Exploring the traditions and folklore surrounding the practice of Witchcraft
Very few countries were immune to the Witch Trials that swept through Europe in the early modern period. Ireland, however, proved to be a rare exception. The combination of prevailing pagan beliefs and Christianity created a completely different spiritual and cultural identity to that of its neighbouring countries, leading to a society more tolerant and accepting of the supernatural. For example, the prevailing belief in the Sidhe (fairies) who were known for […]
tw: mention of torture, bodily harm. Eight islands lie between the English and French coasts, the largest being Jersey and Guernsey. Although the populations of these two islands are rather small they suffered more from the witch trials than any other country within the British Isles. Their proximity to mainland Europe, continued practice of Catholicism and sheltering of Calvinist Protestants have all been suggested as possible reasons for such a high percentage […]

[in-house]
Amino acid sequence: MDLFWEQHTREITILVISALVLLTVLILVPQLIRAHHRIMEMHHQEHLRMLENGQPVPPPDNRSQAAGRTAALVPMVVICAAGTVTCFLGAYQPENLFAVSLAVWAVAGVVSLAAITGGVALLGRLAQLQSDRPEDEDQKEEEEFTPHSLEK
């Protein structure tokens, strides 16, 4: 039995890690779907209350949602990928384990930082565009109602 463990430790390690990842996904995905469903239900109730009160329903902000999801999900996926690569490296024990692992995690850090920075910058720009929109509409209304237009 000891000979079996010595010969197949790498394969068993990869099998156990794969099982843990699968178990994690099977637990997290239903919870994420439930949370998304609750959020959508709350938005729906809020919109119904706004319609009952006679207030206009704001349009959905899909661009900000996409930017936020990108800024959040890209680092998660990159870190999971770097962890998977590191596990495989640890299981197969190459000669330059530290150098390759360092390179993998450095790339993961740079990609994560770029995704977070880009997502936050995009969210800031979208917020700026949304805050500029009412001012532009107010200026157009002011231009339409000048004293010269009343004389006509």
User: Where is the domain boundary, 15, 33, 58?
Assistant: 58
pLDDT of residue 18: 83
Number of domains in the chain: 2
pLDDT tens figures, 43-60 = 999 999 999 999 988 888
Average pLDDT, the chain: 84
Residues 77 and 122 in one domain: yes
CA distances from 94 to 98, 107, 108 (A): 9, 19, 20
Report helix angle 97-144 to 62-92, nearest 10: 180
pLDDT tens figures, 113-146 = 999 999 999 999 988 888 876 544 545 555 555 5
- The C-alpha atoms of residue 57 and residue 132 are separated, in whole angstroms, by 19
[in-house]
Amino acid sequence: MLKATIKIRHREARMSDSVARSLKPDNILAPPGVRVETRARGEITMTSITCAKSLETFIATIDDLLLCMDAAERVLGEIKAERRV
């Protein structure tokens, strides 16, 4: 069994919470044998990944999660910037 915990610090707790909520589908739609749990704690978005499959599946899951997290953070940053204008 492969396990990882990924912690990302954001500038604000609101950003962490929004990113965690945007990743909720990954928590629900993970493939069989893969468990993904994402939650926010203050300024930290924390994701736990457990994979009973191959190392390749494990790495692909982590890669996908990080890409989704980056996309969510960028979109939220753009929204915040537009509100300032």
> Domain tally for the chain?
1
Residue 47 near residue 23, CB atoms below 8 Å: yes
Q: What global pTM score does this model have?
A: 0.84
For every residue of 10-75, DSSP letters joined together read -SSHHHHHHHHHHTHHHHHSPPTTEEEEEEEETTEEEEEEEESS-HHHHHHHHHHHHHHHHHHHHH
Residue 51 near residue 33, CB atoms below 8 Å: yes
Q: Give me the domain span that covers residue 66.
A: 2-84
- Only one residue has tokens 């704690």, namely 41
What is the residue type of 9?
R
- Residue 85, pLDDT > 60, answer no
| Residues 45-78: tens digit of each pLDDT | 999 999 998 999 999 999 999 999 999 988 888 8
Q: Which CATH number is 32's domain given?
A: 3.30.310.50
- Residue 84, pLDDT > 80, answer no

Ethnobotany is an interdisciplinary study of a region’s plants and their practical uses through the traditional knowledge of a culture of peoples. In short, the relationship between plants and communities (Okogun 2002). Traditionally the subject focused on cataloguing the ways people use plants but over the last few decades ethnobotany has grown to become an interdisciplinary subject, encompassing chemistry, pharmacology, biology, and anthropology. Contemporary studies focus on the traditional knowledge and use […]
We don’t know much about Margery Jourdemayne; we know she was born around the end of the 14th century; we know she married a man named William Jourdemayne, and we know she had an awful lot of high profile, wealthy friends… which was quite unusual for the wife of a cowherd. Margery was known in her community for being a cunning woman – someone locals could turn to who could cure ailments […]
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